Anthology of Contemporary Indian Poetry II


To Kiss Like Caravaggio

is to feel a sudden shove: two
competing notions of
and light: You and I, thieves
and Chiaroscuro love - love is nothing
but little delays
in succulence: an aftertaste
of blood swallowed
and spat out.
Only tongue remains. That
and a three-dimensional
culminating mouth
betrayed like Jesus.

Dimensions of a Swimming Pool for Narcissus

One can accept a Picasso woman with two noses, but an equivalent attempt in poetry baffles the
same audience.
 - John Ashbery
You wait in a world of headless lament,
inversely comparing audiences and people.
Who needs them? I say.
You make waivers for death and his fiancee,
measuring grief and loss in buckets,
creating Gods and his minions.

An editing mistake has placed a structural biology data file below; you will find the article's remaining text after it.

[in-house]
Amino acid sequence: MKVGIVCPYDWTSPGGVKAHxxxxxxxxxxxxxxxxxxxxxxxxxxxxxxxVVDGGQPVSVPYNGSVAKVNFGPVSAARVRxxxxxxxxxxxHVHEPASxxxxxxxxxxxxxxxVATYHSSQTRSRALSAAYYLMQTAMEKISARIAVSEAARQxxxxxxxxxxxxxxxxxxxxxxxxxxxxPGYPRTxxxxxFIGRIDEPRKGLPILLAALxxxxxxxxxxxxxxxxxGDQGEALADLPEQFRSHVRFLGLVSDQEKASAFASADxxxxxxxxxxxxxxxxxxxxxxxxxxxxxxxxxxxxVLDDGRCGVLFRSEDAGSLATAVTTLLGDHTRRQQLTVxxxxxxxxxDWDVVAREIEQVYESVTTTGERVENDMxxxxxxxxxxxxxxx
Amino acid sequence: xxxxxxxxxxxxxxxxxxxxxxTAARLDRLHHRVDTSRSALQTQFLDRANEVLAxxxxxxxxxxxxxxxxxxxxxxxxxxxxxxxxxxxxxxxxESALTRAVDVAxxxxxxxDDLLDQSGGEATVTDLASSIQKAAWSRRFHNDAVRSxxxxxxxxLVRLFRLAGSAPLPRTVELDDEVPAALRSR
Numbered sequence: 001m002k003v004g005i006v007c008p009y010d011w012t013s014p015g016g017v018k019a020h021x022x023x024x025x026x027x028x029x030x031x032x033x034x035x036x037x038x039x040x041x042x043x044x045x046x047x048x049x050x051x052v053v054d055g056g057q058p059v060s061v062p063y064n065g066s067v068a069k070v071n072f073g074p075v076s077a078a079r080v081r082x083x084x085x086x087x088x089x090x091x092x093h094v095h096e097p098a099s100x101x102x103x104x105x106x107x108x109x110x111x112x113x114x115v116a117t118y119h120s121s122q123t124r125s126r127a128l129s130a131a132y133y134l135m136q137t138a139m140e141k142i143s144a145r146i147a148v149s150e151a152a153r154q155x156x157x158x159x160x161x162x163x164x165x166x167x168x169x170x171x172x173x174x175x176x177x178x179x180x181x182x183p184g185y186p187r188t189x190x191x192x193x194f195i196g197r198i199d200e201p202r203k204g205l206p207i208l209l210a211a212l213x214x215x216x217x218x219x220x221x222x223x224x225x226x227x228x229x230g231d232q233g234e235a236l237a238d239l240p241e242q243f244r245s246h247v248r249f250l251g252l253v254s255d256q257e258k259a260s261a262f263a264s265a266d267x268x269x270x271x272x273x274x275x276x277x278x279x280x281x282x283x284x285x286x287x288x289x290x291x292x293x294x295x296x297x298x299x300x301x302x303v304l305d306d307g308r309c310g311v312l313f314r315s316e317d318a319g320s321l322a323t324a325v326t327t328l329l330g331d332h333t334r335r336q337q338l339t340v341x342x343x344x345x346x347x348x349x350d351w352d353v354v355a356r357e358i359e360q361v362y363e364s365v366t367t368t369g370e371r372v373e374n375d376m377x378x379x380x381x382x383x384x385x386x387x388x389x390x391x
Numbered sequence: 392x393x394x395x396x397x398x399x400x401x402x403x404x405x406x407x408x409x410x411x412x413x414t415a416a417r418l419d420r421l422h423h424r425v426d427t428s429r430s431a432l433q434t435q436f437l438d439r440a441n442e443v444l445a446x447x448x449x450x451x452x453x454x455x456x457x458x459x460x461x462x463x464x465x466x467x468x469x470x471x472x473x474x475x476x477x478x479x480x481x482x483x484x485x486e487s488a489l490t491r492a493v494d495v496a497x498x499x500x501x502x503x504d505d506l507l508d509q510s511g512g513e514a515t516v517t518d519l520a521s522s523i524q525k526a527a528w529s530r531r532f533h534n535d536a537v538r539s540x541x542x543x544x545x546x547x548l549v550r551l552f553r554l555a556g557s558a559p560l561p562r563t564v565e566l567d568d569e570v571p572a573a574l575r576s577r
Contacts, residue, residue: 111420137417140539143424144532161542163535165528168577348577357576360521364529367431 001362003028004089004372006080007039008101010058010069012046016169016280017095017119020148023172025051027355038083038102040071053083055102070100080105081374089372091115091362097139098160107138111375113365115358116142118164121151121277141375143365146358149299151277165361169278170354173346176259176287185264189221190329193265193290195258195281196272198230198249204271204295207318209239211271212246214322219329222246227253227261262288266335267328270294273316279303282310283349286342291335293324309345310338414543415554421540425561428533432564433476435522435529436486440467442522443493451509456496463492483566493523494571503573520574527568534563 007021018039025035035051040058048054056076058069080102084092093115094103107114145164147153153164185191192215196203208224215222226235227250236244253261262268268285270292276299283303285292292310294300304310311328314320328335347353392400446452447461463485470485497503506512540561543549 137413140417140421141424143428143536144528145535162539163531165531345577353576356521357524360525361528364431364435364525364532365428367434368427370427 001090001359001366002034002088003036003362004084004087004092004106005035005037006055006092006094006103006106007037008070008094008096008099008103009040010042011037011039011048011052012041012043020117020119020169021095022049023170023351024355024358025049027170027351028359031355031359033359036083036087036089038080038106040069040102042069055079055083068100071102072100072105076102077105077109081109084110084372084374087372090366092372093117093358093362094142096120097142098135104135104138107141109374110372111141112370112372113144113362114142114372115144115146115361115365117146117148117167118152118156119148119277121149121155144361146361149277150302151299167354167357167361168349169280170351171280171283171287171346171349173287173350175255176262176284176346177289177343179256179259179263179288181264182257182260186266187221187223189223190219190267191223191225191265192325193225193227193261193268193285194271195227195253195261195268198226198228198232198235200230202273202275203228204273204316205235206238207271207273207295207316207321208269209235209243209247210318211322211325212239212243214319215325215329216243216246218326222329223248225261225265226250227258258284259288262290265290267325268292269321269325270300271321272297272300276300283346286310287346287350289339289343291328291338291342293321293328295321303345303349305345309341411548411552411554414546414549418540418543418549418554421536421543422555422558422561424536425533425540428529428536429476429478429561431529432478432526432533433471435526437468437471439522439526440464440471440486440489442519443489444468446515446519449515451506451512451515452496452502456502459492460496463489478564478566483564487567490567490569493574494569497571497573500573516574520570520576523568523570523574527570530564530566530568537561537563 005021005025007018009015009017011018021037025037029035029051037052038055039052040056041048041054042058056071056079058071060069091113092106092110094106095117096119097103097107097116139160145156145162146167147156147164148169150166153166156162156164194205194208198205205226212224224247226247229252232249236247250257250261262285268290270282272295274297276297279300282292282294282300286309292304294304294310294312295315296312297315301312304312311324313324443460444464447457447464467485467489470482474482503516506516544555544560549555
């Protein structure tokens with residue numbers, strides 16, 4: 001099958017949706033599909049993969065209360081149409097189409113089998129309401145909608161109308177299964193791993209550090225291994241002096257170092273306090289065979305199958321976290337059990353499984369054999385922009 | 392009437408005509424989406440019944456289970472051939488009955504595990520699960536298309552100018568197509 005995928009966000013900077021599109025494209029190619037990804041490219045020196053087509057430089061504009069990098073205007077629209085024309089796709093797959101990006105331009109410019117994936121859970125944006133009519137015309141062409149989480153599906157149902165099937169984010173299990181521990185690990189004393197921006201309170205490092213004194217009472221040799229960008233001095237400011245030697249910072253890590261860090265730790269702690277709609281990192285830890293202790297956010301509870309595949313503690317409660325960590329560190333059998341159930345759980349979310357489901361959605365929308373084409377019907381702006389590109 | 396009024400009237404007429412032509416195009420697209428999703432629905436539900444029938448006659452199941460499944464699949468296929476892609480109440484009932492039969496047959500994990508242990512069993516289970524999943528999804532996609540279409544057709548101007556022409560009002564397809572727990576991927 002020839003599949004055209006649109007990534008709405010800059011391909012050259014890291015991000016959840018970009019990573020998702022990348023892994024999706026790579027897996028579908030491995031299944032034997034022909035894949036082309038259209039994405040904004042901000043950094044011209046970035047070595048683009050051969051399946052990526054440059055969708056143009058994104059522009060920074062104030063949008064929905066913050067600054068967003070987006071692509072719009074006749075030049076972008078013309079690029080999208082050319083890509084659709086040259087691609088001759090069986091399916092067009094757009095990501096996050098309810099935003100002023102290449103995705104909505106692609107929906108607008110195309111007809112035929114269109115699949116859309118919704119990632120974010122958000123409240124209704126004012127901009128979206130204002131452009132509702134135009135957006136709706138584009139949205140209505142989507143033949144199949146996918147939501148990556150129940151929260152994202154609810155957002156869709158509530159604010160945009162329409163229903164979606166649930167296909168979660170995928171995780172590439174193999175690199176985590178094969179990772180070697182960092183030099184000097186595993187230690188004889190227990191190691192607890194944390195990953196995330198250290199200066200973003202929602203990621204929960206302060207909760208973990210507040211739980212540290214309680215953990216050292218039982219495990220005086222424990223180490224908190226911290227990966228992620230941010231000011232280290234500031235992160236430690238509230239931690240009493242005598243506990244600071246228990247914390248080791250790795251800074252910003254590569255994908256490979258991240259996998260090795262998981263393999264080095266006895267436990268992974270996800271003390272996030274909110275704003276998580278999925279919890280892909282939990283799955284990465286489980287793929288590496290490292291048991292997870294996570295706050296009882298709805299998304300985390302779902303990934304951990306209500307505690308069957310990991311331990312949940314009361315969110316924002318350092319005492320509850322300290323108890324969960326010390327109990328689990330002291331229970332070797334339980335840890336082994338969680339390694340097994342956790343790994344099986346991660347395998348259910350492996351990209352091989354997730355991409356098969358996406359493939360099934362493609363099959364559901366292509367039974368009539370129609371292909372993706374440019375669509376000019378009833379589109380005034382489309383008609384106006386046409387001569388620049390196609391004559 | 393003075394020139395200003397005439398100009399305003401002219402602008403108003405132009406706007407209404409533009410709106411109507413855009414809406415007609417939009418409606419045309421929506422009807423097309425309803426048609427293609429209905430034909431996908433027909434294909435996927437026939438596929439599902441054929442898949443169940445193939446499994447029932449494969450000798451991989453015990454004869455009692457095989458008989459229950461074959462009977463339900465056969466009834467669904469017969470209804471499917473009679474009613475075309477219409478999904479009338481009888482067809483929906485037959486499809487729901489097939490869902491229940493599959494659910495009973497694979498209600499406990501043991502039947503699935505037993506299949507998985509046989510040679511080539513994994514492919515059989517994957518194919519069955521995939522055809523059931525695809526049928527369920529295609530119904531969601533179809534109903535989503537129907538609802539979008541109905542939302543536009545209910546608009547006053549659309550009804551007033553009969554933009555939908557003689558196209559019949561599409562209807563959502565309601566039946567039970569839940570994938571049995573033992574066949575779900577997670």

A pool for Cephissus' son?
Did you know he drowns, eventually? I say.
I stand alone, comparing oenophilia, and my addiction
to words. I count my children in reverse.
I remember hysterical midnight scuffles, infinite
sobs in between counting pages

Pessoa may or may not have written:
The Book of Disquiet, the weight of nothingness.
All poetry is bricolage, you say. You're not Ashbery
to carry the weight of your abstractions on your shoulder.
You're a nobody. You're not Emily.
What kind of a poet are you?

I am a rhinoceros but I'm also a nobody
I am convex, I say, curtaining the window.
My poems have two doors and no exit.
Every moment is almost two moments,
measured in calipers:
the width of the moment I hold on to

the breadth of the moment you let go
My poetry is the distance between these two moments:
However, the torque of my poetry
is beyond the jurisdiction of your tool box
because Narcissus swims in a different pool.